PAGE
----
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Postpartum contraception

Andrew M Kaunitz, MD
Section Editor
Courtney A Schreiber, MD, MPH
Deputy Editor
Kristen Eckler, MD, FACOG


Contraceptive selection requires consideration of patient preferences and medical factors unique to this period. For postpartum women, additional issues include the timing of contraceptive initiation, risk of venous thromboembolism, resumption of ovulation, and impact on lactation. Prompt initiation of postpartum contraception increases utilization and continuation and thus reduces the risk of unintended pregnancy. The woman's preferences and the risks and benefits of various contraceptive options are ideally discussed during prenatal care so the woman has adequate time to consider her options and have her questions answered.

This topic will review contraception issues specific to postpartum women. Discussions on contraceptive counseling and selection and postabortion contraception are presented separately. (See "Contraceptive counseling and selection" and "Postabortion contraception".)


In postpartum women who do not breastfeed, ovulation returns at a mean of 39 days postpartum (earliest ovulation reported 25 days after delivery) [1,2]. As many as 60 percent of these ovulations are potentially fertile [1]. Since the first ovulation often occurs before the first menses, we educate women that return of menses cannot be used as a reliable marker for when to initiate contraception.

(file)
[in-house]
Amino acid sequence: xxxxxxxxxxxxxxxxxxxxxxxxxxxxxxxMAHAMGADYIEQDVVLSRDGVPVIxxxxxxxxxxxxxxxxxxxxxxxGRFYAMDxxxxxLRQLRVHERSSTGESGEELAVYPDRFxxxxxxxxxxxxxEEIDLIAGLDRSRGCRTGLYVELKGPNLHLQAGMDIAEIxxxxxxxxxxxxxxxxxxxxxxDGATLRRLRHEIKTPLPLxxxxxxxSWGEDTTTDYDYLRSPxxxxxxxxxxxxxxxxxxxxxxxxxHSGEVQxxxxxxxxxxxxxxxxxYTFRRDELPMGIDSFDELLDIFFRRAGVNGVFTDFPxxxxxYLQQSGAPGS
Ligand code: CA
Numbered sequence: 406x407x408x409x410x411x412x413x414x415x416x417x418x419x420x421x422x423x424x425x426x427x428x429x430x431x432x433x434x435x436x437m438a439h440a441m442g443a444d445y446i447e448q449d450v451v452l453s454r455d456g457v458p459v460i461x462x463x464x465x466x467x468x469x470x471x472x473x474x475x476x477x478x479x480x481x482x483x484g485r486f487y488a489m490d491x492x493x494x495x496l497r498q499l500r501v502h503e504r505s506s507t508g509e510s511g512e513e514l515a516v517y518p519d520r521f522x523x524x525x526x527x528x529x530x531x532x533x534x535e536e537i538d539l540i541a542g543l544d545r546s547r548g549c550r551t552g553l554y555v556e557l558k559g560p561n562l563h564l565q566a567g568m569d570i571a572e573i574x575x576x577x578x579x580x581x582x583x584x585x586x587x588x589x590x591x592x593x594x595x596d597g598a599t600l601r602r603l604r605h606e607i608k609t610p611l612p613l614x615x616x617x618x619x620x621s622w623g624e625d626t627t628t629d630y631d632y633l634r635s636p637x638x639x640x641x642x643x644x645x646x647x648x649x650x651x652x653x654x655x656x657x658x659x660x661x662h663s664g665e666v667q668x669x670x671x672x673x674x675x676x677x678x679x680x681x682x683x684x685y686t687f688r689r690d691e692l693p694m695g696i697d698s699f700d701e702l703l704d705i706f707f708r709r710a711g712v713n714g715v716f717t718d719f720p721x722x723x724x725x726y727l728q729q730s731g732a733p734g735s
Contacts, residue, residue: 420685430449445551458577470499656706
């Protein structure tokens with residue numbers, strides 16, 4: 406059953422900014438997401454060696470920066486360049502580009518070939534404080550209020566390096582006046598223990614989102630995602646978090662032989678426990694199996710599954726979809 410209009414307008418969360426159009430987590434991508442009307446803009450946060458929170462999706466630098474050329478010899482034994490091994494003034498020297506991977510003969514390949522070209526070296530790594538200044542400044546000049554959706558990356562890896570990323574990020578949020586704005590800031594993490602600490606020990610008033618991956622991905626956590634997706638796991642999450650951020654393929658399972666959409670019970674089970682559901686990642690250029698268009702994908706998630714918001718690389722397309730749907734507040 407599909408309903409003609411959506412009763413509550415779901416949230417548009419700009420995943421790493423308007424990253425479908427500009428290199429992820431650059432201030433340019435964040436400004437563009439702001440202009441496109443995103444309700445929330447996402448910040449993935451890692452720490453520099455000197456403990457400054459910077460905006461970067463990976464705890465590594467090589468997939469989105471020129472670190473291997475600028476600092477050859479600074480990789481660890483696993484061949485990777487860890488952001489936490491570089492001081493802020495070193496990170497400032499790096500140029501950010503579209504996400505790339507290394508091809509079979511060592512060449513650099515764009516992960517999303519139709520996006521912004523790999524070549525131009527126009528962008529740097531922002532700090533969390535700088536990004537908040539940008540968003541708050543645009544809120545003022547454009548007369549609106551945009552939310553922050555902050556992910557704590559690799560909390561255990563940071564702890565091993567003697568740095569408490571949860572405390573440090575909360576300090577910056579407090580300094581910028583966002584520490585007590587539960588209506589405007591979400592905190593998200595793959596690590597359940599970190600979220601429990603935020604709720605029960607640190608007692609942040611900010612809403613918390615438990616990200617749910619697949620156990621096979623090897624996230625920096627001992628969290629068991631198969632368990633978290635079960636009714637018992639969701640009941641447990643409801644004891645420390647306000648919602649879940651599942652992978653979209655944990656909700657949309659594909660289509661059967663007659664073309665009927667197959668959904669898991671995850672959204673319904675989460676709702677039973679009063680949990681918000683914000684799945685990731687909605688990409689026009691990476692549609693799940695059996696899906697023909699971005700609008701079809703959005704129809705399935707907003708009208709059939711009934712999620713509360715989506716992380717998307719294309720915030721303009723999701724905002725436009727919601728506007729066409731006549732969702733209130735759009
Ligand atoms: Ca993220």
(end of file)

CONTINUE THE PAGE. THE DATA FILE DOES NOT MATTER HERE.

For breastfeeding women, the resumption of ovulation appears to be influenced by the frequency and duration of breastfeeding. In an observational study of 200 postpartum women, the women who breastfed less had a quicker resumption of ovulation compared with women who breastfed exclusively [3]. In addition, exclusively breastfeeding women typically ovulated after the first menses as compared with non-breastfeeding women, who typically ovulated prior to the resumption of menses. In a different study of 101 breastfeeding women (60 women in Baltimore, Maryland, United States and 41 women in Manila, Philippines), the resumption of ovulation occurred at a mean of 27 and 38 weeks, respectively [4]. In this study, the women in Baltimore tended to breastfeed less frequently, but for a longer duration at each episode, compared with the women in the Philippines. During the first six months postpartum, approximately 10 percent of all amenorrheic women ovulated. Among women who were exclusively breastfeeding, 1 to 5 percent of amenorrheic women ovulated.

Impact of lactation — Women who exclusively breastfeed typically have a delay in resumption of ovulation postpartum due to prolactin-induced inhibition of pulsatile gonadotropin-releasing hormone release from the hypothalamus. The degree to which breastfeeding suppresses ovulation is modulated by the intensity of the breastfeeding, the basal nutritional status of the mother, and the body mass index of the mother. While breastfeeding is associated with subfertility, anovulation is likely only when all of the following specific conditions are met [5]:


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Literature review current through: Mar 2017. | This topic last updated: Apr 13, 2017.
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